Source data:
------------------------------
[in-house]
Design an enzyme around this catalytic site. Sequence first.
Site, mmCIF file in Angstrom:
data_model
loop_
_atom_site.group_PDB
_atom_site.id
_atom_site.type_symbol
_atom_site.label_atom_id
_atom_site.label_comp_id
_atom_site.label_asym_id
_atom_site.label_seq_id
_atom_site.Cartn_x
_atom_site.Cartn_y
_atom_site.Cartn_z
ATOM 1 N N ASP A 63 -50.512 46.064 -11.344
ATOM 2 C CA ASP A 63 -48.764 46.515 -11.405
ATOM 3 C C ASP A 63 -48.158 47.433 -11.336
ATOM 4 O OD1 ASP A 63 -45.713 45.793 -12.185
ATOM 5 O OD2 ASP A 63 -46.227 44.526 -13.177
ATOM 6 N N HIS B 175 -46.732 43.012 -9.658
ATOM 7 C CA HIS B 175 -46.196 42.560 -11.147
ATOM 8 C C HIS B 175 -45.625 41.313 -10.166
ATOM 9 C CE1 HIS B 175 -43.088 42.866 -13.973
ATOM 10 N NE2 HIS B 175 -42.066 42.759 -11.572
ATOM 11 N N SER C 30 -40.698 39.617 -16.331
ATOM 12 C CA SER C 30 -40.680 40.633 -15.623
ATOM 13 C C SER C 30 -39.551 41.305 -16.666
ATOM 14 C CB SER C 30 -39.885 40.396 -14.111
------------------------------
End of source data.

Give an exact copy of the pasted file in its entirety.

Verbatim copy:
[in-house]
Design an enzyme around this catalytic site. Sequence first.
Site, mmCIF file in Angstrom:
data_model
loop_
_atom_site.group_PDB
_atom_site.id
_atom_site.type_symbol
_atom_site.label_atom_id
_atom_site.label_comp_id
_atom_site.label_asym_id
_atom_site.label_seq_id
_atom_site.Cartn_x
_atom_site.Cartn_y
_atom_site.Cartn_z
ATOM 1 N N ASP A 63 -50.512 46.064 -11.344
ATOM 2 C CA ASP A 63 -48.764 46.515 -11.405
ATOM 3 C C ASP A 63 -48.158 47.433 -11.336
ATOM 4 O OD1 ASP A 63 -45.713 45.793 -12.185
ATOM 5 O OD2 ASP A 63 -46.227 44.526 -13.177
ATOM 6 N N HIS B 175 -46.732 43.012 -9.658
ATOM 7 C CA HIS B 175 -46.196 42.560 -11.147
ATOM 8 C C HIS B 175 -45.625 41.313 -10.166
ATOM 9 C CE1 HIS B 175 -43.088 42.866 -13.973
ATOM 10 N NE2 HIS B 175 -42.066 42.759 -11.572
ATOM 11 N N SER C 30 -40.698 39.617 -16.331
ATOM 12 C CA SER C 30 -40.680 40.633 -15.623
ATOM 13 C C SER C 30 -39.551 41.305 -16.666
ATOM 14 C CB SER C 30 -39.885 40.396 -14.111